The future of work top of mind for leaders in Davos

Source: The National News

Leaders from the public and private sectors gathered in Davos come from an array of sectors and countries. And while those attending the Annual Meeting of the World Economic Forum have a wide variety of experiences and priorities, one topic that has cut across most discussions is that of the future of work.

As the chairman and chief executive officer of ManpowerGroup, Jonas Prising, said: “Changes in work will be one of the long-lasting impacts of Covid-19.”

The realities imposed by Covid-19, including remote and flexible work, are here to stay. That much is clear. Furthermore, the current economic realities, with a competition for talent and an increase in people leaving their work around the world, now known as “the great resignation”, mean that all entities and organisations are having to consider how work is organised.

On a panel entitled The Four-Day Week: Necessity of Luxury, Mr Prising was joined by UAE Minister of State for Government Development and the Future Ohood Al Roumi, who spoke of the UAE government’s decision to implement a four-and-a-half-day week since January.

She said that the UAE implemented the new working week in government entities for four reasons: “well-being, strengthening family bonds, economic growth as people with more time off spend in the domestic market, and to better align with global markets”.

She said that since January, the UAE government has been monitoring the effect on government staff and has found that 70 per cent of employees said they were more efficient, while there was a 55 per cent drop in absenteeism.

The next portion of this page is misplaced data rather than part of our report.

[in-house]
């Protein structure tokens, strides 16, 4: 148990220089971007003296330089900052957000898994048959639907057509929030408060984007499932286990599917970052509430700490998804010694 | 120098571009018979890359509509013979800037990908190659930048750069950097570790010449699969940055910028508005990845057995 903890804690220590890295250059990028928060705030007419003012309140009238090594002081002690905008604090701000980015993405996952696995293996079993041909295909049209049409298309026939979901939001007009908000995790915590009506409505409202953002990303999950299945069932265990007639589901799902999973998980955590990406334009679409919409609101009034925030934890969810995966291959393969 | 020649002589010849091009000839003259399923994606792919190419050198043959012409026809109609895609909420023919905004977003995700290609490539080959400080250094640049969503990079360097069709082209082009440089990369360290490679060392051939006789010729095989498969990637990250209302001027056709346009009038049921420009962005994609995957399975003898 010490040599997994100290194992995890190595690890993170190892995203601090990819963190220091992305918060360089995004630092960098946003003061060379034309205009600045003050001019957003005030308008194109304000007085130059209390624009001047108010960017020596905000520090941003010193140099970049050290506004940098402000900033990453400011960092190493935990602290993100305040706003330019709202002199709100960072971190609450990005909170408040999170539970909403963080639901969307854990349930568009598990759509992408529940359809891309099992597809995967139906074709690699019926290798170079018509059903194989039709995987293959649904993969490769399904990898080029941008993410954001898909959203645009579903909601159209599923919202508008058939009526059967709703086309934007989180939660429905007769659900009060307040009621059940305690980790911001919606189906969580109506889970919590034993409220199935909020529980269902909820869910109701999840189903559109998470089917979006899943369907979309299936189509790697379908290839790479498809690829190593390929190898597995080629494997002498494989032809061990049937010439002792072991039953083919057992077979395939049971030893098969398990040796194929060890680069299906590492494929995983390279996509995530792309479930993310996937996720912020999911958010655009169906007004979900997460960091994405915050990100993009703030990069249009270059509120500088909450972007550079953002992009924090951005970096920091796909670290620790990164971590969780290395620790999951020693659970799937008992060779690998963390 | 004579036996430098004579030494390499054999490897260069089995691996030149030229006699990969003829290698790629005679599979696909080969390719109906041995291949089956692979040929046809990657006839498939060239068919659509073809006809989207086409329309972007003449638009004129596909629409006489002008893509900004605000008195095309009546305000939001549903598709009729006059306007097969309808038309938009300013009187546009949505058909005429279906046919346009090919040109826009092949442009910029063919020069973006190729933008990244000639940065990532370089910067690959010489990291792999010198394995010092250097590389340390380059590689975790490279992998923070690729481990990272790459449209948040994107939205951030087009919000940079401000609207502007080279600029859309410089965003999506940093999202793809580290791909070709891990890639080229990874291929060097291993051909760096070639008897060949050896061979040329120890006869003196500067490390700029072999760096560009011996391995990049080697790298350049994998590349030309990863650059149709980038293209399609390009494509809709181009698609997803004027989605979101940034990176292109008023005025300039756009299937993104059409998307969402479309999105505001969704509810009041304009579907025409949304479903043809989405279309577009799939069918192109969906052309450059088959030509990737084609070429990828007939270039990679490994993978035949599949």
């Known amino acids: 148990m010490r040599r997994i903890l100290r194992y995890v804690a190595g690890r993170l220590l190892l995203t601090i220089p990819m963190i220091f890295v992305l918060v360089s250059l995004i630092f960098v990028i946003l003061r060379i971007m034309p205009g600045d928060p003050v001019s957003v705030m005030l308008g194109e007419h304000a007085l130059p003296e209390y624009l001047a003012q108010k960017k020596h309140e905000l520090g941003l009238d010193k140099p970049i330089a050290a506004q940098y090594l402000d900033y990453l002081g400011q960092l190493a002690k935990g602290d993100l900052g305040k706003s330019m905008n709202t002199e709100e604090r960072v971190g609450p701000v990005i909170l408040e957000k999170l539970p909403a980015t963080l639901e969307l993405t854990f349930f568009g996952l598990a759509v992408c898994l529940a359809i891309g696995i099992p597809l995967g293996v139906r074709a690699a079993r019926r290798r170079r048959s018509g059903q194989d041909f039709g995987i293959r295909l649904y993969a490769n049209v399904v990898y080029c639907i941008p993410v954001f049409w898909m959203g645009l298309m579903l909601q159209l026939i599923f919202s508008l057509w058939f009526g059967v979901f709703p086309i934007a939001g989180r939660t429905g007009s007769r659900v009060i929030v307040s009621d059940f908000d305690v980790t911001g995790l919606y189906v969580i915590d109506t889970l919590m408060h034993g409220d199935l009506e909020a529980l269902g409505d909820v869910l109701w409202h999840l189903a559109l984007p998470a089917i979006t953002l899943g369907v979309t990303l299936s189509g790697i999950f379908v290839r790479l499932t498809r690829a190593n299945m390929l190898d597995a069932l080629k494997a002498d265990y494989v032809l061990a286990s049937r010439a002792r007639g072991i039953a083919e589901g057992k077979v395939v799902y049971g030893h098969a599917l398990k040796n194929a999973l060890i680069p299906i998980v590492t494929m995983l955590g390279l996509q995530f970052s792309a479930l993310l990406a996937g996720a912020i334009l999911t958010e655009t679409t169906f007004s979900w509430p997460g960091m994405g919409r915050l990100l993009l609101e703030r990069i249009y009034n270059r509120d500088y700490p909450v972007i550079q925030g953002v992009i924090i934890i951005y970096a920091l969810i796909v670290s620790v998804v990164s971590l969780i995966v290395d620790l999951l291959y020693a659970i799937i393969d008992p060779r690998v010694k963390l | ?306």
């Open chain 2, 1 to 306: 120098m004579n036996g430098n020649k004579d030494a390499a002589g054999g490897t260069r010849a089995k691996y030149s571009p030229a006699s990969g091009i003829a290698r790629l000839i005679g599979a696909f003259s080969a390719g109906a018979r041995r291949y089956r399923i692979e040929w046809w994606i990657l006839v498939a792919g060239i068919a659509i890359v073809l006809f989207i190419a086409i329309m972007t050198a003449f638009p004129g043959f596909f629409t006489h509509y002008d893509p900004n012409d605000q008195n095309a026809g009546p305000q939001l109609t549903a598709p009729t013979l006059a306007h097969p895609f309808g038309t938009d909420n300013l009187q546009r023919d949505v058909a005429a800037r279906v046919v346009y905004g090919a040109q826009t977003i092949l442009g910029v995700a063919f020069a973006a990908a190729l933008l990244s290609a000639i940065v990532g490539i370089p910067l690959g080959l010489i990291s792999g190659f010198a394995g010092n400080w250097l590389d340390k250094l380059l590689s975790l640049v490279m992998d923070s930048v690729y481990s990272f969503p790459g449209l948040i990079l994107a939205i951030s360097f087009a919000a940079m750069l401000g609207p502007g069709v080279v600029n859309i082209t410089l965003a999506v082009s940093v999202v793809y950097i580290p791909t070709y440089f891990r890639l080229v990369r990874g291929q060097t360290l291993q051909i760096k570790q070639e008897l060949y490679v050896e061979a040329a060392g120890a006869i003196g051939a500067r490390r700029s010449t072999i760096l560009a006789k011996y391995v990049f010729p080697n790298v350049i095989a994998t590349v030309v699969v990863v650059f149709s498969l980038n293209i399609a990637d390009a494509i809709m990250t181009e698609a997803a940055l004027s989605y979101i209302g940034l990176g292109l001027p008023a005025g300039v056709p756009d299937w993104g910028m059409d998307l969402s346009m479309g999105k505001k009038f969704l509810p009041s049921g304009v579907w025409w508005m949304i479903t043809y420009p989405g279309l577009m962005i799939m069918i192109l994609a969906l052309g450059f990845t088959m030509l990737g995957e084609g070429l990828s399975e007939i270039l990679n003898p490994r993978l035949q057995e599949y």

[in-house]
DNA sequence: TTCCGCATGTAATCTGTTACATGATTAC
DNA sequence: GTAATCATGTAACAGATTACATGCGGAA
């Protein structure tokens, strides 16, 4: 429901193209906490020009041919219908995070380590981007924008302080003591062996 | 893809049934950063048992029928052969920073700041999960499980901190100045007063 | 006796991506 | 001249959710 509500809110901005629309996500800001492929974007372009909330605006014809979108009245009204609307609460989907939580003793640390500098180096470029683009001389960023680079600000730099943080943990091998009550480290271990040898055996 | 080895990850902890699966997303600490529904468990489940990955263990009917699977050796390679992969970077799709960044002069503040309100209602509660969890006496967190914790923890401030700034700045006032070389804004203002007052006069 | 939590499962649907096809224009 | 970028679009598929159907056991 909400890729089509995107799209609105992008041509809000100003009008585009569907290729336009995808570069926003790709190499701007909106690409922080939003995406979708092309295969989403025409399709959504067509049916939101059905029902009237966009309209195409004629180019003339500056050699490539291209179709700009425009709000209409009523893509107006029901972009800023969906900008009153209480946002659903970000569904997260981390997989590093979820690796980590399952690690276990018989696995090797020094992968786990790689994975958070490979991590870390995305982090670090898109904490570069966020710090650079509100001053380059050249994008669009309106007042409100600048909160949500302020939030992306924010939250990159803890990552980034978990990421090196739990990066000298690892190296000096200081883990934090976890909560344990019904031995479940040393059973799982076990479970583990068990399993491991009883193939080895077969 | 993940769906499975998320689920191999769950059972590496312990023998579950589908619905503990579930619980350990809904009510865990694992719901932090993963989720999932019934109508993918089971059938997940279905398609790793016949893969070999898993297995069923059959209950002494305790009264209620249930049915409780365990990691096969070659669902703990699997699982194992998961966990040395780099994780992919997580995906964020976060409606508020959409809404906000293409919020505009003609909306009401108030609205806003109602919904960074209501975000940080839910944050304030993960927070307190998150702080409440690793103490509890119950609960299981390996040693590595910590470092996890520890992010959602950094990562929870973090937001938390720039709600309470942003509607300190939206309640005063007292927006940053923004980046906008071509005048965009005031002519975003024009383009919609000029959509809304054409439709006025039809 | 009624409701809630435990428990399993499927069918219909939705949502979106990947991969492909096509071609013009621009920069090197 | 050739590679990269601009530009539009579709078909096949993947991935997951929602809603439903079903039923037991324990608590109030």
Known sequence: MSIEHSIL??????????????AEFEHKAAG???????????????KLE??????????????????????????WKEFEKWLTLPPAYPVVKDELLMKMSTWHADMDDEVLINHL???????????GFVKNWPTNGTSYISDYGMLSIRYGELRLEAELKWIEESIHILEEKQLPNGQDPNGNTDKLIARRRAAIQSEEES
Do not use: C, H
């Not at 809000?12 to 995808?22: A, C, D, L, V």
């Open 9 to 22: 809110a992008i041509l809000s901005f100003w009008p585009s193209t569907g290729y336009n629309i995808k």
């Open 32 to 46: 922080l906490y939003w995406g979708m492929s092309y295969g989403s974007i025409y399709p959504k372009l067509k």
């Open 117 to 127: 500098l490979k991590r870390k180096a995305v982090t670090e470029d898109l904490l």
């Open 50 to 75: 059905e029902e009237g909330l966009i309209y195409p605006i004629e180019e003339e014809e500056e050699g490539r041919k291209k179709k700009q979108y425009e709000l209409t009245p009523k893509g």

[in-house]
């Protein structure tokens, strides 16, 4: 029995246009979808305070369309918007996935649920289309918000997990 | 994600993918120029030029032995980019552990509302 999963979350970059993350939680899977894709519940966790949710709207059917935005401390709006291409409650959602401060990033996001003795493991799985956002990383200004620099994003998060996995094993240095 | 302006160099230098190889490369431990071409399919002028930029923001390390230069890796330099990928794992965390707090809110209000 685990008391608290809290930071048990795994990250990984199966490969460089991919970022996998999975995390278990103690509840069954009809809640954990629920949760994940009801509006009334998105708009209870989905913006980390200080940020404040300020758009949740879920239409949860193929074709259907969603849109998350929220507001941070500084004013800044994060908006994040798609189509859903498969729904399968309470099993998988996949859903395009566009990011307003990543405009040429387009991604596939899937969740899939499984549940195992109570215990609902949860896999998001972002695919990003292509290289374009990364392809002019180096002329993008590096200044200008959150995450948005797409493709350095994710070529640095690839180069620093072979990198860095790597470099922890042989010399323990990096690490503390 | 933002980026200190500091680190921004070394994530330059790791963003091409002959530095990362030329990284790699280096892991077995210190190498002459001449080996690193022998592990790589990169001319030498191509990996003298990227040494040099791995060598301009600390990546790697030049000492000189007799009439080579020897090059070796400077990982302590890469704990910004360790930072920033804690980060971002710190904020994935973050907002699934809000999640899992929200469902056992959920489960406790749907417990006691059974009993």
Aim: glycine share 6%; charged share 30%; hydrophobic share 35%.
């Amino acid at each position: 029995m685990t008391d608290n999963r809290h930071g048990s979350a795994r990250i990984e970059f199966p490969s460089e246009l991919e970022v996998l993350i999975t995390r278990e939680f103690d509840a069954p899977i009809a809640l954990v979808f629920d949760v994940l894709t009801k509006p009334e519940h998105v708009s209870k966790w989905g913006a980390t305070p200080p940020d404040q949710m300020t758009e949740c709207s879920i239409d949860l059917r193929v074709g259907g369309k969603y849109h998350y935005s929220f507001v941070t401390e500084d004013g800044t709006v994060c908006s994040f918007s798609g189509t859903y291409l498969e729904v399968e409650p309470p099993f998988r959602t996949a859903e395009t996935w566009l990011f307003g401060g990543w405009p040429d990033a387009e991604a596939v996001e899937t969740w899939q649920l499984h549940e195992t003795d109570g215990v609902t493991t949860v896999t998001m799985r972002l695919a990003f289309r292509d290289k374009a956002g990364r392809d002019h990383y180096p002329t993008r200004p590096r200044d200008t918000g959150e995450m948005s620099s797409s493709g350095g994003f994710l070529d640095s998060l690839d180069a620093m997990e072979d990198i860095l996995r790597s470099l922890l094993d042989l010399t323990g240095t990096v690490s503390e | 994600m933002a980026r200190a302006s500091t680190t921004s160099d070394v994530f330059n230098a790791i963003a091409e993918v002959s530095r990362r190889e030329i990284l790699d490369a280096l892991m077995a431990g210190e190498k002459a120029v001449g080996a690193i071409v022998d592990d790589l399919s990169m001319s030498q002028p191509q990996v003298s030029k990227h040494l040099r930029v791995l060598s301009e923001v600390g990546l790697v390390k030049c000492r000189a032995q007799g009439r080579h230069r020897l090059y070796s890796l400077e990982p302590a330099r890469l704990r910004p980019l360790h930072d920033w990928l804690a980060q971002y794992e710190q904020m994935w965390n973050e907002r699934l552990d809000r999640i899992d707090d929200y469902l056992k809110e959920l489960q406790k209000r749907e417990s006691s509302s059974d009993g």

Social entrepreneur Hillary Cottam said that the notion of choice is valued by workers, saying “normative changes” are now important to allow for it. The issue isn’t necessarily of four days a week, she added, but having the ability to “build work around life, rather than life around work”.

However, not all workers will be able to benefit from these changes. “We have to think beyond knowledge workers,” said Mr Prising. Those who have work that is labour-intensive don’t have the same luxury, he added.

As decision-makers debate the merits of different working conditions, the vast majority of workers will not have the luxury of choice that many high-skilled workers do.

Adam Grant, professor of management and psychology at Wharton School in the University of Pennsylvania, said: “We should think of tasks that need completion … rather than hours.” He proposed enough flexibility in organisations to “allow groups to work on projects together in teams”, rather than imposing work practices.

And yet some chief executives expressed scepticism that all industries could have the same flexibility.

While the jury is out on how the working week and hybrid work will develop, what is clear is that the norms of the past have been disrupted, and no one size fits all.

 

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